About 1:45 p.m., the sergeant and seven deputies started a "cell extraction," which is accomplished by a group of jail staff members to overcome resistance and minimize the risk of harm to staff and inmates. Prescott refused to comply with the extraction team and barricaded himself behind his mattress, cursing at the jailers.
A deputy fired a Taser at Prescott, but he continued to shield himself with the mattress. The jailers ordered Prescott to put down the mattress and lay on the ground, but he wouldn't comply and tried to remove the Taser probes by shifting the mattress in a downward motion against his leg.
A second deputy fired a pepperball gun at Prescott's leg when he exposed it in his attempt to remove the Taser probes. The pepperball releases pellets of pepper spray that irritate the skin to subdue a suspect.
That shot caused Prescott to expose his body, and another deputy fired a Taser at Prescott. It's not clear in the report whether that charge landed because Prescott hurled his mattress toward the probes and their wires.
A sergeant fired a Taser and struck Prescott's chest. Prescott dropped to his knees, positioning himself against the bed with his hands tucked under his upper body. He repeatedly was ordered to place his hands behind his back, but did not comply.
Jailers entered the cell to place Prescott into restraints, but he continued to resist. Once in restraints, he was carried out of the cell and placed on the floor. Jail medical staff treated Prescott for his pepperball wounds and removed the Taser probes as he continued to struggle.
Because of his "bizarre" behavior, jailers decided to move Prescott to a safety cell for observation. It was difficult for them to carry Prescott because of his size, so he was placed on a mattress to slide him into the safety cell.
Near the safety cell, the team stopped to let medical staff administer a shot of Ativan, a medication meant to calm Prescott. After allowing a few minutes for the medication to take effect, Prescott was slid into the safety cell.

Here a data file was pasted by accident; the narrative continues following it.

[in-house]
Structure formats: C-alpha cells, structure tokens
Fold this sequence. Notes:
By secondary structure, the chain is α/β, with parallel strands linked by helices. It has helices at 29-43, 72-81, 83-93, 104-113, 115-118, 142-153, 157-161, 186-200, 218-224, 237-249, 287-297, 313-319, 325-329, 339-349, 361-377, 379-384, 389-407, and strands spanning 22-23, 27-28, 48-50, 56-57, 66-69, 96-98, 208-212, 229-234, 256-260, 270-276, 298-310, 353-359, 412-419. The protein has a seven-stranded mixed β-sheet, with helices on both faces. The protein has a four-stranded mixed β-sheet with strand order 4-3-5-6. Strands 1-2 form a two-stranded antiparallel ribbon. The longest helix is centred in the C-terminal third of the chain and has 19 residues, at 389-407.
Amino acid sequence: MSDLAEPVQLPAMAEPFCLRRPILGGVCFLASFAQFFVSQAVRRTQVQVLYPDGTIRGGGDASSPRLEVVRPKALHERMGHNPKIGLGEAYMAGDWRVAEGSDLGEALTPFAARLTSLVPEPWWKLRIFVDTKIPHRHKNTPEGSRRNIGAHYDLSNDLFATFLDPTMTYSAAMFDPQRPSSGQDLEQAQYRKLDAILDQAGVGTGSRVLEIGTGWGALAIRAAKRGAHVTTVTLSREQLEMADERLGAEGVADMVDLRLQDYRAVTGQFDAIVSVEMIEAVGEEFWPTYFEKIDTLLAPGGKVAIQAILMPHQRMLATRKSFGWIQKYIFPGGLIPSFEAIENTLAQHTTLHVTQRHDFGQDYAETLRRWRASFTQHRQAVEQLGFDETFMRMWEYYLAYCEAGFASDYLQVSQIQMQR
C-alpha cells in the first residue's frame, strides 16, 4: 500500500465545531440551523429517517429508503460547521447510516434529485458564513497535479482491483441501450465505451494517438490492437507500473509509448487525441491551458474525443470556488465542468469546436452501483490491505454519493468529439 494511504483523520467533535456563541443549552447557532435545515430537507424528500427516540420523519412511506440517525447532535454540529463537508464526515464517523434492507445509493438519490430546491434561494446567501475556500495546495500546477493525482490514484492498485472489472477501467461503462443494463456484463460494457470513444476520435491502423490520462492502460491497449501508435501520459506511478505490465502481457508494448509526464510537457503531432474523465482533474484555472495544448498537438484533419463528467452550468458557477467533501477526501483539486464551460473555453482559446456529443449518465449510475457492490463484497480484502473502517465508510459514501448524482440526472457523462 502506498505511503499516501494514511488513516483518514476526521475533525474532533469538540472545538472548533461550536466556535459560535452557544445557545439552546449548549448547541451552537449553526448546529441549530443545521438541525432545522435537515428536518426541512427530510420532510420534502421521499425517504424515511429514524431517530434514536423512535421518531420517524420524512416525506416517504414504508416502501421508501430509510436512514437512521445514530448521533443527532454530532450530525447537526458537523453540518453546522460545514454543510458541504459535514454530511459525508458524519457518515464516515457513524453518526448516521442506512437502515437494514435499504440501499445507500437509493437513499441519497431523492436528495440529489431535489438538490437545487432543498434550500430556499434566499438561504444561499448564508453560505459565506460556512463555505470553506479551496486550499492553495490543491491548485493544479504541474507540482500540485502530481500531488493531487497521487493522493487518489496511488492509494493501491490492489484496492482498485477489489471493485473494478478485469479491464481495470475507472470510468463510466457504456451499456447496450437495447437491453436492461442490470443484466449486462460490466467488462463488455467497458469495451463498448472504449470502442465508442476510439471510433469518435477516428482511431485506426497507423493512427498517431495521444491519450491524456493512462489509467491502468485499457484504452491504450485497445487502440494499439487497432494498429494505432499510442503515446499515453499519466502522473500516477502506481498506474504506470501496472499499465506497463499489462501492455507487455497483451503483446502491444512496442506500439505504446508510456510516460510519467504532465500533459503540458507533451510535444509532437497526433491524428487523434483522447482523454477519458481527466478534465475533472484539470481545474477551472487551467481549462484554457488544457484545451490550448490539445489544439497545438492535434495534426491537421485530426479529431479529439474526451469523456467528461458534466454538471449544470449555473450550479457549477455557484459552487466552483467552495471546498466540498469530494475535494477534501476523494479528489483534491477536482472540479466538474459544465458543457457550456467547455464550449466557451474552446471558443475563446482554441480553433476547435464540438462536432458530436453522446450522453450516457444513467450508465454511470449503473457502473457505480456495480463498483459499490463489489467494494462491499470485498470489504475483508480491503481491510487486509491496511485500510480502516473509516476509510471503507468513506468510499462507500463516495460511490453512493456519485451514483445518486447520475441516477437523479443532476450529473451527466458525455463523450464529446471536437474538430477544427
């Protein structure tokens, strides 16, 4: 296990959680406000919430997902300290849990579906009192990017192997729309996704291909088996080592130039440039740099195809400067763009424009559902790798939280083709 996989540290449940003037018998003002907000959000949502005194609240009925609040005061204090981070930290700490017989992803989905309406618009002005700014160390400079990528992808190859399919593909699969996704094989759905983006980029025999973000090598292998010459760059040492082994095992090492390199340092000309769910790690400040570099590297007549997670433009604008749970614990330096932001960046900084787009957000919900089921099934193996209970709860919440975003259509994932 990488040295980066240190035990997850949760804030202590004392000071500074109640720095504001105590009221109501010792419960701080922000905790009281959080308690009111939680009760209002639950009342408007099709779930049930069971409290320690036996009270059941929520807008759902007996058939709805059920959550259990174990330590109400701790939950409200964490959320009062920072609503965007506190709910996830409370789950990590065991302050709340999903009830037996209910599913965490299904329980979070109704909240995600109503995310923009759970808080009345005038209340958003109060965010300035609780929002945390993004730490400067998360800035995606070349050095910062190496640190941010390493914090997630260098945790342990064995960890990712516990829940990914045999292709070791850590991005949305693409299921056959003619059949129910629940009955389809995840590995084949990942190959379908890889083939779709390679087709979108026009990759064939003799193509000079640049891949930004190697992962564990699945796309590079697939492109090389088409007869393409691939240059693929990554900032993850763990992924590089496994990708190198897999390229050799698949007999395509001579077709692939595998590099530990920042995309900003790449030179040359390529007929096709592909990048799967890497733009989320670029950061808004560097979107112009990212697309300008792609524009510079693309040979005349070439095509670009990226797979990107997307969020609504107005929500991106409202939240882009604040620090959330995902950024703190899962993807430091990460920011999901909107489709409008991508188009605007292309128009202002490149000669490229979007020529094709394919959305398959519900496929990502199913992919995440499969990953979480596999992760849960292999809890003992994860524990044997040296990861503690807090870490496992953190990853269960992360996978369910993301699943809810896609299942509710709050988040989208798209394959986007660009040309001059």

Fladager said eight deputies remained with Prescott in the small cell. The jailers are not allowed to leave an inmate in restraints alone inside the cell.
The safety cell has a video camera without sound, and the video later was gathered as evidence. The district attorney said the video is grainy, jerky and most of the events are obscured because the deputies are in the cell with Prescott.
The deputies told investigators Prescott continued to kick and pull away from them. They cut off Prescott's boxer shorts and placed him in the corner of the cell. Two deputies tried to remove Prescott's leg restraints, but he kept trying to kick free and tried to pull his arms away. At one point, Prescott extended his legs, pushing the two deputies.
Another deputy placed his Taser directly on Prescott's buttocks. Several deputies placed Prescott's legs in a crossed position behind his buttocks to remove the restraints.
Once the leg restraints were removed, a deputy took off the cuff from Prescott's right wrist. As another deputy placed Prescott's left arm in a control-hold, Prescott's right arm went limp.
The deputies checked if Prescott was breathing and whether he had a pulse. Medical staff were called into the cell. Prescott had a weak pulse and was not breathing. It was about 1:55 p.m.
Jail staff began lifesaving procedures. Firefighters and ambulance medics arrived and took over. About 2:10 p.m., Prescott was taken to Doctors Medical Center in Modesto.
At 11:20 a.m. April 13, Prescott was declared dead after doctors turned off life support machines.
Bee staff writer Rosalio Ahumada can be reached at email@example.com or 578-2394.